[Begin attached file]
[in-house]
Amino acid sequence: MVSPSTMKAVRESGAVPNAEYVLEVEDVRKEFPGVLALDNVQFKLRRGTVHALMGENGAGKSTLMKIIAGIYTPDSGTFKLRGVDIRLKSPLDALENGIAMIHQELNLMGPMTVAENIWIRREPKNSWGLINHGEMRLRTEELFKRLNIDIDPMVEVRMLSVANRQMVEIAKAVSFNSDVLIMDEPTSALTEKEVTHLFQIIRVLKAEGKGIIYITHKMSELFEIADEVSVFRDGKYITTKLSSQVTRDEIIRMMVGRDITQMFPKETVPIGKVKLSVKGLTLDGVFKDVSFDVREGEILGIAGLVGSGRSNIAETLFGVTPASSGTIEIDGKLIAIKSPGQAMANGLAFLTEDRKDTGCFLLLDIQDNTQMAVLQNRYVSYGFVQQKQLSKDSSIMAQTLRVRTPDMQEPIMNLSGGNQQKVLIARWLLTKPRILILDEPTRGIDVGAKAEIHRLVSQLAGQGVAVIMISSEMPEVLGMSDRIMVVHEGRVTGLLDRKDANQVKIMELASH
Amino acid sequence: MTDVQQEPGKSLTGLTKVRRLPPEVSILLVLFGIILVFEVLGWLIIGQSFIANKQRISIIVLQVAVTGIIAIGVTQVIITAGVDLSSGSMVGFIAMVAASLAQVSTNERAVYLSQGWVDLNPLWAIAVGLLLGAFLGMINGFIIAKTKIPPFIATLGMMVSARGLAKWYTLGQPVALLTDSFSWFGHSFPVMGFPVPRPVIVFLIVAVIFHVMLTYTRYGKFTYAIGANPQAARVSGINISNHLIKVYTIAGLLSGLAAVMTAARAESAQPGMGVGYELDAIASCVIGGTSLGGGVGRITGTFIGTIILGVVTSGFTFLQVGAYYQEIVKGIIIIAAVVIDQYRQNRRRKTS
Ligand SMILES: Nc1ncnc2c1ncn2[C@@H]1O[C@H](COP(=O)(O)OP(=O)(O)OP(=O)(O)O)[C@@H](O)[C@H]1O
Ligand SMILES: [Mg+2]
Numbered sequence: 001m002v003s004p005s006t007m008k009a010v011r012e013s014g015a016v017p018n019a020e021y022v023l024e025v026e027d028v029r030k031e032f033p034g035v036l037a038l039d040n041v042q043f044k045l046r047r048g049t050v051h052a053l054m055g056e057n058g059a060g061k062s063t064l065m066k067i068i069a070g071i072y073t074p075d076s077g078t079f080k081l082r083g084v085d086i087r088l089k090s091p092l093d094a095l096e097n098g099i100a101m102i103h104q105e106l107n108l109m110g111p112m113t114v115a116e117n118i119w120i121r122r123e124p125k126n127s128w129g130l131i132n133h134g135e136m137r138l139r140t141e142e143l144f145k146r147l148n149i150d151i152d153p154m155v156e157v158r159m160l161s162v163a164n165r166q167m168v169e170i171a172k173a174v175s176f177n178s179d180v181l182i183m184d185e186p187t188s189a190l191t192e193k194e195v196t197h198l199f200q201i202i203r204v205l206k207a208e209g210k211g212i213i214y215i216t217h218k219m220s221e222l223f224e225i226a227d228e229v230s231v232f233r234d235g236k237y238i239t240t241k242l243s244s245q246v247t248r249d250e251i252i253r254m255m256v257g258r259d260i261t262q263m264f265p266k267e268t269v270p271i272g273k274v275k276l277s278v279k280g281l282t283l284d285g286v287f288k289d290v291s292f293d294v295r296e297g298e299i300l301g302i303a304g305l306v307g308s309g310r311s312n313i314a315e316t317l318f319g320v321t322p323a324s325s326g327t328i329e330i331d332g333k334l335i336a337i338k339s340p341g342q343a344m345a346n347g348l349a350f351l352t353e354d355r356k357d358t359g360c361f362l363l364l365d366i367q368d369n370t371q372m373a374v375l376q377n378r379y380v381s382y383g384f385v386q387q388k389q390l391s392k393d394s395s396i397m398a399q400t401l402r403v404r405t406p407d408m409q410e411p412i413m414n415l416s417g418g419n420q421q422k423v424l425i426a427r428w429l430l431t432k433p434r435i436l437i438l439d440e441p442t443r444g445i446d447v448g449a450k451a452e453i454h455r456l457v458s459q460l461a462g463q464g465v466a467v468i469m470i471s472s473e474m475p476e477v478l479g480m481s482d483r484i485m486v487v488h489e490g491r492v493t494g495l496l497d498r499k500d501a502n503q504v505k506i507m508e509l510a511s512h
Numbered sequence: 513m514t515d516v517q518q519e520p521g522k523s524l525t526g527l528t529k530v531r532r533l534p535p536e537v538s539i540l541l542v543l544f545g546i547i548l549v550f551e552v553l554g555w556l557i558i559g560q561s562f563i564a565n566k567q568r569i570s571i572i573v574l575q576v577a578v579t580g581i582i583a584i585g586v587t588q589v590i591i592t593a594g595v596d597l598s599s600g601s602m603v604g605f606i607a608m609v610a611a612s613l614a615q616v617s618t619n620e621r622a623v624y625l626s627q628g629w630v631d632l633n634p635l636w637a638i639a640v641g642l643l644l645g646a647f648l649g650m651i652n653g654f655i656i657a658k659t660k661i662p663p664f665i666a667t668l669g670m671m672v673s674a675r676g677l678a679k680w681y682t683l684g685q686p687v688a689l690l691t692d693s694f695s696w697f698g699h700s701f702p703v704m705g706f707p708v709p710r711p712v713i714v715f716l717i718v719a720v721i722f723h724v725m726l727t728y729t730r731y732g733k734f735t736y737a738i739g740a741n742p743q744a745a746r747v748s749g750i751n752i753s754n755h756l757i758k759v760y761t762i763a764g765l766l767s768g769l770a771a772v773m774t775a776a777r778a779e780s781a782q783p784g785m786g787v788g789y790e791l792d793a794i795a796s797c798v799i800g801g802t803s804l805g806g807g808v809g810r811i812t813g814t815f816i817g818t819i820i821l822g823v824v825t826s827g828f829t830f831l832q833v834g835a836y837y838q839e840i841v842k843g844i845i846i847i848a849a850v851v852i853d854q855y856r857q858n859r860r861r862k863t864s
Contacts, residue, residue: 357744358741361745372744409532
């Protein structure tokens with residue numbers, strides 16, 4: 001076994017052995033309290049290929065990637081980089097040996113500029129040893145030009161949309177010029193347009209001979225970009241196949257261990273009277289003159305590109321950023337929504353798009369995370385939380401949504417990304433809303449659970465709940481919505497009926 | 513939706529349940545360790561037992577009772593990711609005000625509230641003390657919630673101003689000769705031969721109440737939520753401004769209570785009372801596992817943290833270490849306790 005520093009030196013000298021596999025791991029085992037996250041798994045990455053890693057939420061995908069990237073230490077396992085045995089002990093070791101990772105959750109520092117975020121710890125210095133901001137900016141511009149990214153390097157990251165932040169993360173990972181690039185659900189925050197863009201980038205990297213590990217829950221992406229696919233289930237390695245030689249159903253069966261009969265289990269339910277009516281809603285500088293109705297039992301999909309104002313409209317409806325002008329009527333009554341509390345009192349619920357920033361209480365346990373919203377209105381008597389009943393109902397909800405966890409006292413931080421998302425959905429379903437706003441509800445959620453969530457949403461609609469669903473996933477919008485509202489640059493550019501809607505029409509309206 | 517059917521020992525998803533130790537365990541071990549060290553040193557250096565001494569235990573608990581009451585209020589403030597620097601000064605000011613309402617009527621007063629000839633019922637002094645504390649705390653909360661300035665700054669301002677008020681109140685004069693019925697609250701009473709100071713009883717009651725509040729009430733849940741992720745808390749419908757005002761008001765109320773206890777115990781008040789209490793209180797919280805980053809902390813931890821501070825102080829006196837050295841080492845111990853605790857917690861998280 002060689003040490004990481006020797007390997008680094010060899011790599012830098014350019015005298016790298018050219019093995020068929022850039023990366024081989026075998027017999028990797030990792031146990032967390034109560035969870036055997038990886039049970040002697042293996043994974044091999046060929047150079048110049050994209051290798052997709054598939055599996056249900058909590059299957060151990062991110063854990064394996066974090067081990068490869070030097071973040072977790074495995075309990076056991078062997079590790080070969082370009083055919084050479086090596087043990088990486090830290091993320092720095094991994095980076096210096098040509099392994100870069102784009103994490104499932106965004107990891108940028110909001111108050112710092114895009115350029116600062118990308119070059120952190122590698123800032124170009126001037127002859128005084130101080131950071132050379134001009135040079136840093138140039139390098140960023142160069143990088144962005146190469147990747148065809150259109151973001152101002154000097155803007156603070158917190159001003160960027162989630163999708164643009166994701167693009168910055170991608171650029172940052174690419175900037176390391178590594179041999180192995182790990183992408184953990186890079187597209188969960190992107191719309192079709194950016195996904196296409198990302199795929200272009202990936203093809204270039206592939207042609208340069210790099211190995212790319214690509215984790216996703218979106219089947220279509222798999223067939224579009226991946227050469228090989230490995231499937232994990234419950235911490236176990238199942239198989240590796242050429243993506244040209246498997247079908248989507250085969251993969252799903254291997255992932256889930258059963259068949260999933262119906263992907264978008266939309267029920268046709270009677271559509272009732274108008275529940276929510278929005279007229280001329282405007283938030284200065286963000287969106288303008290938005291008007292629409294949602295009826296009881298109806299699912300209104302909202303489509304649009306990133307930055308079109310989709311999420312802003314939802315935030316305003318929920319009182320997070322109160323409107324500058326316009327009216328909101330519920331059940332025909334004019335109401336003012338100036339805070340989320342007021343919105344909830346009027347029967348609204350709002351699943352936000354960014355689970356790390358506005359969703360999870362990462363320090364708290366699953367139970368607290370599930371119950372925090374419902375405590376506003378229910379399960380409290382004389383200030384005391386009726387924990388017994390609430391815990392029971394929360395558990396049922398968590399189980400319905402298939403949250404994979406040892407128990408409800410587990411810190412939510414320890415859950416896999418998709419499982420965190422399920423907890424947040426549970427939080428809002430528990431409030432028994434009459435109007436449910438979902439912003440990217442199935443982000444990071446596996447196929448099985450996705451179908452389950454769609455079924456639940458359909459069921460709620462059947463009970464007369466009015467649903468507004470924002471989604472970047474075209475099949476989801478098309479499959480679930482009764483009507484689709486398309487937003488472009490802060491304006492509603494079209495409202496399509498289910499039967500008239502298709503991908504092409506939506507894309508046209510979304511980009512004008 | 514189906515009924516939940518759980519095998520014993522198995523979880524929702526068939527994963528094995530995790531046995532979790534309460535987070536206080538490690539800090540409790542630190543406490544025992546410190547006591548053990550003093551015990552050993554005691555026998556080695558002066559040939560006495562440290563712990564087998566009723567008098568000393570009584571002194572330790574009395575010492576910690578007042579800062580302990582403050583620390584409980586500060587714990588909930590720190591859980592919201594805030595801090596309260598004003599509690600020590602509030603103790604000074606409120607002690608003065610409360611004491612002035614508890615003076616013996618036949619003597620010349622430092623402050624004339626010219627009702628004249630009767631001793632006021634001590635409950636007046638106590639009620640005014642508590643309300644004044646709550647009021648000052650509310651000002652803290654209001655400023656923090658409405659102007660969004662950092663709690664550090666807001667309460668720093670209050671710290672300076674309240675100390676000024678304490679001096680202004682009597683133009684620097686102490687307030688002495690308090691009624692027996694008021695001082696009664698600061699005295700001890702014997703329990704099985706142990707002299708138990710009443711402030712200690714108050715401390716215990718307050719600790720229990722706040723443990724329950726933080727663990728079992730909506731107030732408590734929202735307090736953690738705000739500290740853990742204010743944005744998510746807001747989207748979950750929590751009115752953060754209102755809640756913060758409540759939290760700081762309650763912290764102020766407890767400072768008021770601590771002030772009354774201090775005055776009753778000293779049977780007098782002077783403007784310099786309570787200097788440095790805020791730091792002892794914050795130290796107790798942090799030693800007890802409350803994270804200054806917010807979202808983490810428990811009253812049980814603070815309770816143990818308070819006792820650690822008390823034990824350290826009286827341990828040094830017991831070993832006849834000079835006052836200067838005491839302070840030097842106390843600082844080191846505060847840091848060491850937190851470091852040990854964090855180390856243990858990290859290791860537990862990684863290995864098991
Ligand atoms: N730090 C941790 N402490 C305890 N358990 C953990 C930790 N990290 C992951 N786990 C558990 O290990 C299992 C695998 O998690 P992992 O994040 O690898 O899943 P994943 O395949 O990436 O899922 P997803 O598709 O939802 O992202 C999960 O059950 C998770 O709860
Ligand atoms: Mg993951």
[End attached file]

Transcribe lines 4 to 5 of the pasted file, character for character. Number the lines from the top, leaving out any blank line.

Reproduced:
Ligand SMILES: Nc1ncnc2c1ncn2[C@@H]1O[C@H](COP(=O)(O)OP(=O)(O)OP(=O)(O)O)[C@@H](O)[C@H]1O
Ligand SMILES: [Mg+2]